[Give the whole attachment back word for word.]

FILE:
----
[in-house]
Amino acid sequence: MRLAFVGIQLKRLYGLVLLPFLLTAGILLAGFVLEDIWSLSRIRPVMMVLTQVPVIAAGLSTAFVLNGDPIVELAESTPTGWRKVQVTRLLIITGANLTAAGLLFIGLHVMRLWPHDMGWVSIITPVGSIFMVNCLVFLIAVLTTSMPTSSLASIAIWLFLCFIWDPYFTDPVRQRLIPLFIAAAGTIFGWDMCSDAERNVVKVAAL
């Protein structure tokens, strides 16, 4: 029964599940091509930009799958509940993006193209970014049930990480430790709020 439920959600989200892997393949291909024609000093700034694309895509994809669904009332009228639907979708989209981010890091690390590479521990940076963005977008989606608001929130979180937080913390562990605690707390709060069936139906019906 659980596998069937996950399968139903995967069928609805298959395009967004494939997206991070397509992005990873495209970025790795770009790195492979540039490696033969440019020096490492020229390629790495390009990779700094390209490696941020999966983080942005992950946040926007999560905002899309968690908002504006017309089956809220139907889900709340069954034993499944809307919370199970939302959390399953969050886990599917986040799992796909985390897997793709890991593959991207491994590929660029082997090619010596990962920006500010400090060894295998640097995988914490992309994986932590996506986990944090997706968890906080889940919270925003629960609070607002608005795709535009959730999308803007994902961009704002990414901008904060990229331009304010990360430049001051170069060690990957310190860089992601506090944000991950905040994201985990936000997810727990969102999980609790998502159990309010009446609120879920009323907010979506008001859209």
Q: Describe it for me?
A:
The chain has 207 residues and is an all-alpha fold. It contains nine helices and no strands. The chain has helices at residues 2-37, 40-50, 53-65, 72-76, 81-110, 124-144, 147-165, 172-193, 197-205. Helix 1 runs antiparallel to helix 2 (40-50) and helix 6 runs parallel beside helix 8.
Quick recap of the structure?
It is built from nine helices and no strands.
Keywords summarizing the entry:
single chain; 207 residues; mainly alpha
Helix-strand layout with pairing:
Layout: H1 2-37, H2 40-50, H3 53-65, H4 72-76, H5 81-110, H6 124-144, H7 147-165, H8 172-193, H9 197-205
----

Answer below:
[in-house]
Amino acid sequence: MRLAFVGIQLKRLYGLVLLPFLLTAGILLAGFVLEDIWSLSRIRPVMMVLTQVPVIAAGLSTAFVLNGDPIVELAESTPTGWRKVQVTRLLIITGANLTAAGLLFIGLHVMRLWPHDMGWVSIITPVGSIFMVNCLVFLIAVLTTSMPTSSLASIAIWLFLCFIWDPYFTDPVRQRLIPLFIAAAGTIFGWDMCSDAERNVVKVAAL
């Protein structure tokens, strides 16, 4: 029964599940091509930009799958509940993006193209970014049930990480430790709020 439920959600989200892997393949291909024609000093700034694309895509994809669904009332009228639907979708989209981010890091690390590479521990940076963005977008989606608001929130979180937080913390562990605690707390709060069936139906019906 659980596998069937996950399968139903995967069928609805298959395009967004494939997206991070397509992005990873495209970025790795770009790195492979540039490696033969440019020096490492020229390629790495390009990779700094390209490696941020999966983080942005992950946040926007999560905002899309968690908002504006017309089956809220139907889900709340069954034993499944809307919370199970939302959390399953969050886990599917986040799992796909985390897997793709890991593959991207491994590929660029082997090619010596990962920006500010400090060894295998640097995988914490992309994986932590996506986990944090997706968890906080889940919270925003629960609070607002608005795709535009959730999308803007994902961009704002990414901008904060990229331009304010990360430049001051170069060690990957310190860089992601506090944000991950905040994201985990936000997810727990969102999980609790998502159990309010009446609120879920009323907010979506008001859209």
Q: Describe it for me?
A:
The chain has 207 residues and is an all-alpha fold. It contains nine helices and no strands. The chain has helices at residues 2-37, 40-50, 53-65, 72-76, 81-110, 124-144, 147-165, 172-193, 197-205. Helix 1 runs antiparallel to helix 2 (40-50) and helix 6 runs parallel beside helix 8.
Quick recap of the structure?
It is built from nine helices and no strands.
Keywords summarizing the entry:
single chain; 207 residues; mainly alpha
Helix-strand layout with pairing:
Layout: H1 2-37, H2 40-50, H3 53-65, H4 72-76, H5 81-110, H6 124-144, H7 147-165, H8 172-193, H9 197-205